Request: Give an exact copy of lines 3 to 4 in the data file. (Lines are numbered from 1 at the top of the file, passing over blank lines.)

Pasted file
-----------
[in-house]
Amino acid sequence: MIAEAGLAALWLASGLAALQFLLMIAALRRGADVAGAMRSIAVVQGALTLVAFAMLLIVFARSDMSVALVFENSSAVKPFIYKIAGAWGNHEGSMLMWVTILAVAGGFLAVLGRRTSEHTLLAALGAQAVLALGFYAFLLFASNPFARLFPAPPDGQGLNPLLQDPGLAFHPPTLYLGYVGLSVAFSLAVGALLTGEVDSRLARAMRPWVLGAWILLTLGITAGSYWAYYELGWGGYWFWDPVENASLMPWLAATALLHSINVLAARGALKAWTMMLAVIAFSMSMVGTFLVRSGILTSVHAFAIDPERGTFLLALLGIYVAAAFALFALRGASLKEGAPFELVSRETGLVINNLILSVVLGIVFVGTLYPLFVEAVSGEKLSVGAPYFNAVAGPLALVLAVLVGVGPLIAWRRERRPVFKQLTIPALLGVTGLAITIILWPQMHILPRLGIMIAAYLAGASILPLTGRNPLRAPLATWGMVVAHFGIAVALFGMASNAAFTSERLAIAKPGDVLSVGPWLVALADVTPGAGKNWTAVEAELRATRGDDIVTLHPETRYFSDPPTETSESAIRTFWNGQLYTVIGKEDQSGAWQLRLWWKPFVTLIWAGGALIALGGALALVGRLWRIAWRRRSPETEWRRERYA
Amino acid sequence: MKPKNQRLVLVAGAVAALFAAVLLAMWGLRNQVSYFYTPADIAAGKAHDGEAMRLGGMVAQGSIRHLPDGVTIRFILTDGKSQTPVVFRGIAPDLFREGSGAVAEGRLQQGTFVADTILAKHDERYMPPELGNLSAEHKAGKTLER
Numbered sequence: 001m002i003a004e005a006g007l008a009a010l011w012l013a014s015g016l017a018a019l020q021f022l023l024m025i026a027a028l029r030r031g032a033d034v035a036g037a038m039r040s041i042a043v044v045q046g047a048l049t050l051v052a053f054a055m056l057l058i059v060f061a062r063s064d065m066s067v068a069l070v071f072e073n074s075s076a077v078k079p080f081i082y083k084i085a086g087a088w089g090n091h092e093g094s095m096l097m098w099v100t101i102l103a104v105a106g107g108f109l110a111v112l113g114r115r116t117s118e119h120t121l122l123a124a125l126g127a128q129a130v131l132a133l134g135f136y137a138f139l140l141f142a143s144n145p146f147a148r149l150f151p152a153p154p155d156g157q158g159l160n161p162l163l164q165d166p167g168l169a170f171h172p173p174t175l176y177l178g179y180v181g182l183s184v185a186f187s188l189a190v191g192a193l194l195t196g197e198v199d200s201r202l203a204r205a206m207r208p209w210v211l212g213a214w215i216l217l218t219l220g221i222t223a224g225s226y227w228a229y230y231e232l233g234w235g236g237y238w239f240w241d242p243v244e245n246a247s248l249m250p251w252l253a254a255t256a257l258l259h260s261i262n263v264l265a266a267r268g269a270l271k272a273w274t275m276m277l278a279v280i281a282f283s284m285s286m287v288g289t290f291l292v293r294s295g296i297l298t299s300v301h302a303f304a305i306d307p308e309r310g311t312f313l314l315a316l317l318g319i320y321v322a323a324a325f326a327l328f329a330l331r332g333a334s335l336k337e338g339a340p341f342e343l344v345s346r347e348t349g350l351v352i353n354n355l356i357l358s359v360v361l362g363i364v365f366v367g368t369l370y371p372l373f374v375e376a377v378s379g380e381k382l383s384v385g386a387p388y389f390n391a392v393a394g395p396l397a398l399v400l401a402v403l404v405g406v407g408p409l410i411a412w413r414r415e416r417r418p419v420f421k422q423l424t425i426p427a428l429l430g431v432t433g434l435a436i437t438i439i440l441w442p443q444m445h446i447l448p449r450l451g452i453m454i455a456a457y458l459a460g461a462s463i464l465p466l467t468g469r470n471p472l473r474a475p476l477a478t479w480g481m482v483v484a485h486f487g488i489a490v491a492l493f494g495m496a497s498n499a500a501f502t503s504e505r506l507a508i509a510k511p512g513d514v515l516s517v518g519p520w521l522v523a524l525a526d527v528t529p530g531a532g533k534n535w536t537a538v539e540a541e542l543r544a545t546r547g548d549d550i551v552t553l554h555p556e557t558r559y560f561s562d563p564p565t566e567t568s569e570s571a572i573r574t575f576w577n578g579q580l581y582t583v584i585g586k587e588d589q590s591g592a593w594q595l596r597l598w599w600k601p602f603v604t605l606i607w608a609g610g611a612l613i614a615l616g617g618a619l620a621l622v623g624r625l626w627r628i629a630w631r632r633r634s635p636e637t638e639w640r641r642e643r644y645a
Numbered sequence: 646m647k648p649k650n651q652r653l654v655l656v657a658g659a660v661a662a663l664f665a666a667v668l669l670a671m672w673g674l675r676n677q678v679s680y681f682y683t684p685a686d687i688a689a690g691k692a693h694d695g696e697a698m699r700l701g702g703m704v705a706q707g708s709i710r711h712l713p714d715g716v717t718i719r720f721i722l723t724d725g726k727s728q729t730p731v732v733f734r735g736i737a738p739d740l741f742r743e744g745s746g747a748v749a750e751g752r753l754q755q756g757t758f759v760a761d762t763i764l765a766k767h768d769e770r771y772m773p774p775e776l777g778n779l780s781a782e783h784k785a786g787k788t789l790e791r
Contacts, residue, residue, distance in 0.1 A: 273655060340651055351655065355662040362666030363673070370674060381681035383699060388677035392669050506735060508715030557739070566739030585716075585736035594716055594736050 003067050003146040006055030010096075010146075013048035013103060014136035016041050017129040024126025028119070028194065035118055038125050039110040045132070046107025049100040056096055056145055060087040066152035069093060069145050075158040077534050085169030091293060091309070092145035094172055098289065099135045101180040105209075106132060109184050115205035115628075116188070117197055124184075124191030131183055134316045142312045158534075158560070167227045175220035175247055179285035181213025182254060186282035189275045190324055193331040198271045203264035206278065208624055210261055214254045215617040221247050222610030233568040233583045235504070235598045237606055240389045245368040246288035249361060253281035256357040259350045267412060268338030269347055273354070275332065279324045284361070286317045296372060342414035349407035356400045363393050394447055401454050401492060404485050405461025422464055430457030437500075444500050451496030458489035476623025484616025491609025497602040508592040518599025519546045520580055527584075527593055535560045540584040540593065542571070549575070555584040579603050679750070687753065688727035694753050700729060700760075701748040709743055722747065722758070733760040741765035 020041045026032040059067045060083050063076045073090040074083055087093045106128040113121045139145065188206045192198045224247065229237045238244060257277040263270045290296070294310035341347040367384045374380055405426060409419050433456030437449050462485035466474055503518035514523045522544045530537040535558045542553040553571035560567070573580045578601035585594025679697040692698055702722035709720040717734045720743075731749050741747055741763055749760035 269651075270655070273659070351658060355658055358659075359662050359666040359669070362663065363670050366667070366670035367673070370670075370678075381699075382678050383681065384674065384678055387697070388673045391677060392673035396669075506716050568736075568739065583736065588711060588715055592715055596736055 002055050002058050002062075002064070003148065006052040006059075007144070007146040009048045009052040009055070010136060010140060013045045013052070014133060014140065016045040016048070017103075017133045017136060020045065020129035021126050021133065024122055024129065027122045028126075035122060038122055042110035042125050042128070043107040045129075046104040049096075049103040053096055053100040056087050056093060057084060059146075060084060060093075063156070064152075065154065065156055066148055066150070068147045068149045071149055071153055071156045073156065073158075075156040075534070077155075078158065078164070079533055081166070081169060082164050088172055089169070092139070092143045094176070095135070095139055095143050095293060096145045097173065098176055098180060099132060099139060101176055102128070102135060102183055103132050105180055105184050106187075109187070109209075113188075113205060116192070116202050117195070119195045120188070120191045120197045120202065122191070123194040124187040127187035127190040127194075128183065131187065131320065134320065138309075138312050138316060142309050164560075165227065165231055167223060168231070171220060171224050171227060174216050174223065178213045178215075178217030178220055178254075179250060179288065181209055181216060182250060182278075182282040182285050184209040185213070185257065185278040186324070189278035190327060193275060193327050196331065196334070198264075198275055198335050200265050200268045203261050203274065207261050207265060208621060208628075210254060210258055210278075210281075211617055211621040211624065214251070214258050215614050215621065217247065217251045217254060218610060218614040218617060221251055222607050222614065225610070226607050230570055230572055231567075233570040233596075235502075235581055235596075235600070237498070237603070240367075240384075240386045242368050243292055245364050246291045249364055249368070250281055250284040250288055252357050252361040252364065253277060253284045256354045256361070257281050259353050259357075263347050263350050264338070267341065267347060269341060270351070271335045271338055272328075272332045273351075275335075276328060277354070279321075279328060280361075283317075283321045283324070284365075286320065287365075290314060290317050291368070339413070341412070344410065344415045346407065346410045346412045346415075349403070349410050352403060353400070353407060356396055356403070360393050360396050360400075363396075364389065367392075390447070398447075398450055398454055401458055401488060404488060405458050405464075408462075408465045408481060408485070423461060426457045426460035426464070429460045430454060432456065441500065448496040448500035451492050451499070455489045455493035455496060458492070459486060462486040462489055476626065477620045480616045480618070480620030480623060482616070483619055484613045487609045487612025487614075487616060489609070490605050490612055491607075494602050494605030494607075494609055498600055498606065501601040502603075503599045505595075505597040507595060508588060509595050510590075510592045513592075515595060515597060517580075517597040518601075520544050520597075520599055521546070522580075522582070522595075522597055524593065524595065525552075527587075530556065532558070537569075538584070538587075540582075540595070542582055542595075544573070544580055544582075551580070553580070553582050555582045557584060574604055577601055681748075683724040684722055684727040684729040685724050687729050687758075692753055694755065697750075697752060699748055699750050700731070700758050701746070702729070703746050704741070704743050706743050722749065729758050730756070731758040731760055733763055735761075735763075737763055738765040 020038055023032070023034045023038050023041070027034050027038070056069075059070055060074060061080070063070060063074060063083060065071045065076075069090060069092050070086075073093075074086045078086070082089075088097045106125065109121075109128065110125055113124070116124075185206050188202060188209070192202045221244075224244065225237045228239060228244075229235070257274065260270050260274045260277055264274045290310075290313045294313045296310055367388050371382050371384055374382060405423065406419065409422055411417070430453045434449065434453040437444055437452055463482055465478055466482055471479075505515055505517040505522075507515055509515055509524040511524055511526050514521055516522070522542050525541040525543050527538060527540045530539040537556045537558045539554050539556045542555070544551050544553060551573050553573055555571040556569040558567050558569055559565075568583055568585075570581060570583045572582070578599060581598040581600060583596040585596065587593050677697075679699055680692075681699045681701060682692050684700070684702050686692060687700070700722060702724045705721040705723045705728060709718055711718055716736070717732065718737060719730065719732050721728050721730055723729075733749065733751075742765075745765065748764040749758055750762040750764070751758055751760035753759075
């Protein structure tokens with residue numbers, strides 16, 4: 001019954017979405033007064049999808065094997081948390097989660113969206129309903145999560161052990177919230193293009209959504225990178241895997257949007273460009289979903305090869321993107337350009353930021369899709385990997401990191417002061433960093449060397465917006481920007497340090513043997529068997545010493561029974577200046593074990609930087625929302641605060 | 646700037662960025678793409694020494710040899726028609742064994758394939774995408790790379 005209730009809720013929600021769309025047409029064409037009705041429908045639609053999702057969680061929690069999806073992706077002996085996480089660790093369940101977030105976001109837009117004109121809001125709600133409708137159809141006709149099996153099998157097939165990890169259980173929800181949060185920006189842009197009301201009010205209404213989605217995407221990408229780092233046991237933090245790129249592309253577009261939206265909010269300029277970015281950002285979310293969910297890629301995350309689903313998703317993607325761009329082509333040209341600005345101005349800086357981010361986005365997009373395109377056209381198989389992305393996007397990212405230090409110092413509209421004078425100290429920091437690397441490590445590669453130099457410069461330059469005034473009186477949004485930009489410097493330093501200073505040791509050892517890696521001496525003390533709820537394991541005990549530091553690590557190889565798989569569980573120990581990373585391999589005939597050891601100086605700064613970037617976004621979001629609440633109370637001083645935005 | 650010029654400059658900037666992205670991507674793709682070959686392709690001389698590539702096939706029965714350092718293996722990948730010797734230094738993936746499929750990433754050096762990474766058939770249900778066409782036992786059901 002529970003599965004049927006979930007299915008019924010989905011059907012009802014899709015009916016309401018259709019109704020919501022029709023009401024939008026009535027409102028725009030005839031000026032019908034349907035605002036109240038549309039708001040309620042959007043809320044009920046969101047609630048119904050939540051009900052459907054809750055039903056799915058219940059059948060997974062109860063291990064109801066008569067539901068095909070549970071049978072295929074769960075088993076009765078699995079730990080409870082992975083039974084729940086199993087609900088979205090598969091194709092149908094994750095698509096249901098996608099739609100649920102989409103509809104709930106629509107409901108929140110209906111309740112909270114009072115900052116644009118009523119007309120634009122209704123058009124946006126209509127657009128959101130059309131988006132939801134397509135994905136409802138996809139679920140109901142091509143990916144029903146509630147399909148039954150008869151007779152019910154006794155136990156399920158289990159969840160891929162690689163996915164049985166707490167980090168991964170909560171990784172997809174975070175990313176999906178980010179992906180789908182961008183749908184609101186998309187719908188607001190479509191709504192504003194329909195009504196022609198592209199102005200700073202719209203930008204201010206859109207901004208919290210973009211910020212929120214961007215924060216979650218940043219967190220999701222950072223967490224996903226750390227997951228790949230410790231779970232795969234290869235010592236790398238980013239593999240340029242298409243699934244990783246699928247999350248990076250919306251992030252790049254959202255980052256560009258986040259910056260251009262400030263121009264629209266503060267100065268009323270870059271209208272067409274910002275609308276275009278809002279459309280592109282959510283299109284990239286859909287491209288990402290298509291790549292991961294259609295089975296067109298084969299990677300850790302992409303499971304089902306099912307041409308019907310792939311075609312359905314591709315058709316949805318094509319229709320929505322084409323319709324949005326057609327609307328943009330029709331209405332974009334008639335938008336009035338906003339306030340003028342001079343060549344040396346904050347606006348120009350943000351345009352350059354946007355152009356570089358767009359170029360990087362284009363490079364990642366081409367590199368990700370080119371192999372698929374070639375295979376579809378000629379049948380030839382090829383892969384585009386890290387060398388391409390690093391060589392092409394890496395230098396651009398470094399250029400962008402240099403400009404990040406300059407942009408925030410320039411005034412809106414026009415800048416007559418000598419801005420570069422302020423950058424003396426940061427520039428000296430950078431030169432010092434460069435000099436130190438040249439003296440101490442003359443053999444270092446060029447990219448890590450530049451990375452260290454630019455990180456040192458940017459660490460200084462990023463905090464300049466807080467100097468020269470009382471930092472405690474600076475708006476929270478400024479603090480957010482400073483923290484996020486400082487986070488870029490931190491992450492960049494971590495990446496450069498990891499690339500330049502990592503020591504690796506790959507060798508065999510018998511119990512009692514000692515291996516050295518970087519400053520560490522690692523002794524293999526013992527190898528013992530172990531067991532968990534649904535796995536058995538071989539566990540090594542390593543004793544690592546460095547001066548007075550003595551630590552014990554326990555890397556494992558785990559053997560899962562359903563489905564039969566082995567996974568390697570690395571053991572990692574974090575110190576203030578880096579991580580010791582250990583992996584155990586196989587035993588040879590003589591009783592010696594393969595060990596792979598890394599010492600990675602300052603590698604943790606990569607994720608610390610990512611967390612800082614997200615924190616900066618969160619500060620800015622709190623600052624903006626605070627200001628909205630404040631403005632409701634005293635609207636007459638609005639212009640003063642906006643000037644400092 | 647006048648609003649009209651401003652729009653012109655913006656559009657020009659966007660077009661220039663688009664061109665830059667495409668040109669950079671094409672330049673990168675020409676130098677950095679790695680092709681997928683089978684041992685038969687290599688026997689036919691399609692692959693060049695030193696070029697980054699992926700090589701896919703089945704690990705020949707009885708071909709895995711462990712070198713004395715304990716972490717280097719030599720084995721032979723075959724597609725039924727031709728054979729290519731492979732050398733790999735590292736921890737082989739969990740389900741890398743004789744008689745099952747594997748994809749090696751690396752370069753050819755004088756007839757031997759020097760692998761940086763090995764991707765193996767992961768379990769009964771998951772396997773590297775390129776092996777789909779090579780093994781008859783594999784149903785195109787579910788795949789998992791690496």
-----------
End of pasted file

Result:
Amino acid sequence: MKPKNQRLVLVAGAVAALFAAVLLAMWGLRNQVSYFYTPADIAAGKAHDGEAMRLGGMVAQGSIRHLPDGVTIRFILTDGKSQTPVVFRGIAPDLFREGSGAVAEGRLQQGTFVADTILAKHDERYMPPELGNLSAEHKAGKTLER
Numbered sequence: 001m002i003a004e005a006g007l008a009a010l011w012l013a014s015g016l017a018a019l020q021f022l023l024m025i026a027a028l029r030r031g032a033d034v035a036g037a038m039r040s041i042a043v044v045q046g047a048l049t050l051v052a053f054a055m056l057l058i059v060f061a062r063s064d065m066s067v068a069l070v071f072e073n074s075s076a077v078k079p080f081i082y083k084i085a086g087a088w089g090n091h092e093g094s095m096l097m098w099v100t101i102l103a104v105a106g107g108f109l110a111v112l113g114r115r116t117s118e119h120t121l122l123a124a125l126g127a128q129a130v131l132a133l134g135f136y137a138f139l140l141f142a143s144n145p146f147a148r149l150f151p152a153p154p155d156g157q158g159l160n161p162l163l164q165d166p167g168l169a170f171h172p173p174t175l176y177l178g179y180v181g182l183s184v185a186f187s188l189a190v191g192a193l194l195t196g197e198v199d200s201r202l203a204r205a206m207r208p209w210v211l212g213a214w215i216l217l218t219l220g221i222t223a224g225s226y227w228a229y230y231e232l233g234w235g236g237y238w239f240w241d242p243v244e245n246a247s248l249m250p251w252l253a254a255t256a257l258l259h260s261i262n263v264l265a266a267r268g269a270l271k272a273w274t275m276m277l278a279v280i281a282f283s284m285s286m287v288g289t290f291l292v293r294s295g296i297l298t299s300v301h302a303f304a305i306d307p308e309r310g311t312f313l314l315a316l317l318g319i320y321v322a323a324a325f326a327l328f329a330l331r332g333a334s335l336k337e338g339a340p341f342e343l344v345s346r347e348t349g350l351v352i353n354n355l356i357l358s359v360v361l362g363i364v365f366v367g368t369l370y371p372l373f374v375e376a377v378s379g380e381k382l383s384v385g386a387p388y389f390n391a392v393a394g395p396l397a398l399v400l401a402v403l404v405g406v407g408p409l410i411a412w413r414r415e416r417r418p419v420f421k422q423l424t425i426p427a428l429l430g431v432t433g434l435a436i437t438i439i440l441w442p443q444m445h446i447l448p449r450l451g452i453m454i455a456a457y458l459a460g461a462s463i464l465p466l467t468g469r470n471p472l473r474a475p476l477a478t479w480g481m482v483v484a485h486f487g488i489a490v491a492l493f494g495m496a497s498n499a500a501f502t503s504e505r506l507a508i509a510k511p512g513d514v515l516s517v518g519p520w521l522v523a524l525a526d527v528t529p530g531a532g533k534n535w536t537a538v539e540a541e542l543r544a545t546r547g548d549d550i551v552t553l554h555p556e557t558r559y560f561s562d563p564p565t566e567t568s569e570s571a572i573r574t575f576w577n578g579q580l581y582t583v584i585g586k587e588d589q590s591g592a593w594q595l596r597l598w599w600k601p602f603v604t605l606i607w608a609g610g611a612l613i614a615l616g617g618a619l620a621l622v623g624r625l626w627r628i629a630w631r632r633r634s635p636e637t638e639w640r641r642e643r644y645a